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Carlo Maratti (Maratta) Italian painter, the leading painter in Rome in the latter part of the 17th century. He was born in Camerano (Marche), then part of the Papal States. He came as a boy of 12 to apprentice in the studio of Andrea Sacchi. Like Sacchi, his paintings have a classicizing tone, inspired by the works of the great painters from Parma and Bologna: Carracci, Guercino, and Lanfranco. He worked alongside Francesco Cozza, and Domenico Maria Canuti in the decoration of the Palazzo Altieri. The style of Maratta is a classicized Baroque, more restrained and composed than the styles of Cortona and Carracci, thus more allied to the traditions of Sacchi, Albani, and Reni. He was one of the artists favored by Giovanni Bellori. Maratta was known for his insightful portraiture. In 1650, Maratta was introduced to pope Alexander VII, who commissioned many paintings including one of his greatest works, a painting of Constantine destroying the idols for the Baptistry of the Lateran. This work brought Maratta increased fame in the Vatican, and in 1704 Maratta was knighted by pope Clement XI. Other works include an altarpiece in the San Francesco Saverio Chapel of the Church of the Gesu, in the right transept.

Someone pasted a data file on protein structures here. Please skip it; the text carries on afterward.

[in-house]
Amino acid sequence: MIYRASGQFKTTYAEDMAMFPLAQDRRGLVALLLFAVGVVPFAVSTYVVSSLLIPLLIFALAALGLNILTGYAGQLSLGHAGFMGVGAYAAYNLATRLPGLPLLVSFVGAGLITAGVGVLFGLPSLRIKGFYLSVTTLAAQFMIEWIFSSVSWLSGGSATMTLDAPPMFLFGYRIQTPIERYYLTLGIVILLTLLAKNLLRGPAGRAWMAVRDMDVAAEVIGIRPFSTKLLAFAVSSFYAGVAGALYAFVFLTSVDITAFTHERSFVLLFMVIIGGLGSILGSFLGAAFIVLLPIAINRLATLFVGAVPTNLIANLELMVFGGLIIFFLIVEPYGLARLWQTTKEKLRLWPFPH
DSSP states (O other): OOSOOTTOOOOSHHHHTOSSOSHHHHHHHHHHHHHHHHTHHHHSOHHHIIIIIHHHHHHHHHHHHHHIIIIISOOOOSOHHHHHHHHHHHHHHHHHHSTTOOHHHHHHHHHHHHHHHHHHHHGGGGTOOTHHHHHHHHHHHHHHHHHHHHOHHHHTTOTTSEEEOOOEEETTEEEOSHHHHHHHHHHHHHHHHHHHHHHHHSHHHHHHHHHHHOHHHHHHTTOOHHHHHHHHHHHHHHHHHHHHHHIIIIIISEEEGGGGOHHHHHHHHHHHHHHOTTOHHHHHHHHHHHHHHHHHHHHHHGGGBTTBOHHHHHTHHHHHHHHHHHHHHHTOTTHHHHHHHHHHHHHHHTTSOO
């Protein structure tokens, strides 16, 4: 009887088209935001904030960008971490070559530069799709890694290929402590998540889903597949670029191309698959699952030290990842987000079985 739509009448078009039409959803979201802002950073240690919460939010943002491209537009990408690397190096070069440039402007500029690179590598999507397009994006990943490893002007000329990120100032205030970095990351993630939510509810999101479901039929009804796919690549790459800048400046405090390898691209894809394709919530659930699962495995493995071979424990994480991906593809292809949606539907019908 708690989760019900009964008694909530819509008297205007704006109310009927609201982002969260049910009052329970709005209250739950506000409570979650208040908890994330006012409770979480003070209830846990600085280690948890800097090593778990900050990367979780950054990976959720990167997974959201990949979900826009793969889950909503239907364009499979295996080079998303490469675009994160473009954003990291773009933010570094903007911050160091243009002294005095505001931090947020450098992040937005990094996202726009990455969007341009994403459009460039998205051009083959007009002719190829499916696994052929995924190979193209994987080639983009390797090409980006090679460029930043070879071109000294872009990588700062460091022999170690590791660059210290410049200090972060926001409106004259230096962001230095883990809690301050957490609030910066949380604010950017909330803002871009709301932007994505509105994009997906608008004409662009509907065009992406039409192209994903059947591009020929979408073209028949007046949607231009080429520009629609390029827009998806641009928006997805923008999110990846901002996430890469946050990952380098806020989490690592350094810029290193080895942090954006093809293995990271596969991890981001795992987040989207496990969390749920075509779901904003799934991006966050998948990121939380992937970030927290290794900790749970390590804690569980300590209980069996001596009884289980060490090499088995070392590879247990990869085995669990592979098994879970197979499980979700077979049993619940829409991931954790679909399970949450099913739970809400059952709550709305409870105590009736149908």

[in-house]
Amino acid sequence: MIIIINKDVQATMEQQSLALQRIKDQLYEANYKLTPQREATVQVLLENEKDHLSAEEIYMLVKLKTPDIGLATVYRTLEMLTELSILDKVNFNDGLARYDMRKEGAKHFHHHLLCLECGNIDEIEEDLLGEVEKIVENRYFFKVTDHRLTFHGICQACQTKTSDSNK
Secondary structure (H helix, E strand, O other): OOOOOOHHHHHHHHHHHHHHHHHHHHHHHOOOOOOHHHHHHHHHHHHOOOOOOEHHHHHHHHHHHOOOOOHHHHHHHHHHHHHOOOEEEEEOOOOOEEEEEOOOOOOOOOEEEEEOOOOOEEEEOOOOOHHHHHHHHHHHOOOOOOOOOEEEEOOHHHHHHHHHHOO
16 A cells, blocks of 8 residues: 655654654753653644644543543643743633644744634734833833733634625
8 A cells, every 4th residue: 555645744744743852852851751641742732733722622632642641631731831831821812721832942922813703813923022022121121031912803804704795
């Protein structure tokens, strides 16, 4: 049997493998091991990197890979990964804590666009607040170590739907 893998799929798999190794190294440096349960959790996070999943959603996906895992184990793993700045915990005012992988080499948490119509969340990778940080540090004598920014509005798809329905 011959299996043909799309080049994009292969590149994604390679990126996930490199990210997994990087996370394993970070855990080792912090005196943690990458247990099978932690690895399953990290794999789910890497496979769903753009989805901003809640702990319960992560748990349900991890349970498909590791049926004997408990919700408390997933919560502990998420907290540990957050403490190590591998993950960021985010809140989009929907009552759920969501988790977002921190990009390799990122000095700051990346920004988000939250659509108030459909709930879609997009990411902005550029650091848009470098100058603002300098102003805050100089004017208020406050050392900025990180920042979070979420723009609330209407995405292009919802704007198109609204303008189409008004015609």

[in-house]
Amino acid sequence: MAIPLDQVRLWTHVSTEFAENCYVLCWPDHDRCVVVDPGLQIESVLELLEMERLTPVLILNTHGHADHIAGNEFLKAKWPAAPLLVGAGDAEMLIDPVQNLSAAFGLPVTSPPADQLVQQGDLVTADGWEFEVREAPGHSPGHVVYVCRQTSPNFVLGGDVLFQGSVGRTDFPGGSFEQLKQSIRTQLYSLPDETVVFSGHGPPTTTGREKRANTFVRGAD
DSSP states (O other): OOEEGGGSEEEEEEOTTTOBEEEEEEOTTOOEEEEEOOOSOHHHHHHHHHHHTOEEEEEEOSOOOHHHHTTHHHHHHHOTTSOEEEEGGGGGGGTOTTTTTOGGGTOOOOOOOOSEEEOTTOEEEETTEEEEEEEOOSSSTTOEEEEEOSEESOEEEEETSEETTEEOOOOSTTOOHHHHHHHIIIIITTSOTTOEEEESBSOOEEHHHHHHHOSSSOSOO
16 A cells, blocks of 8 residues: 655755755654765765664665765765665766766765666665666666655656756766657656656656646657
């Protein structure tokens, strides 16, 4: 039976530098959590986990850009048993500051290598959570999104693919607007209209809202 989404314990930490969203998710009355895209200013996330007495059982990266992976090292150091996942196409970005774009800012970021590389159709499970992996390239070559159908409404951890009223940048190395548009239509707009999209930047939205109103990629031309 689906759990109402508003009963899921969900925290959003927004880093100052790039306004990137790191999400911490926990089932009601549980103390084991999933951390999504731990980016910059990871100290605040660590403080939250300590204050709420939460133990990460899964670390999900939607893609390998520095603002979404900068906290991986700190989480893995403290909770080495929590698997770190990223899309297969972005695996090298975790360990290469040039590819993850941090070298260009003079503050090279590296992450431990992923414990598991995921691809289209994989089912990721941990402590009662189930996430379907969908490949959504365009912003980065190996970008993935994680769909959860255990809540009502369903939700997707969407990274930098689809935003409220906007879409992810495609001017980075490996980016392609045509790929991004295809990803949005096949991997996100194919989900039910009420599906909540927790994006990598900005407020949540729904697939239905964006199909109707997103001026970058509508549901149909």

In 1679 or 1680, a daughter, Faustina Maratti Zappi was born to Maratta by a mistress, Francesca Gommi (or Gomma). He legally recognized her as his daughter in 1698 and upon becoming a widower in 1700, Maratta married the girl's mother. Faustina Maratti Zappi later became a prominent poet and member of the Academy of Arcadia. He died in Rome in 1713.
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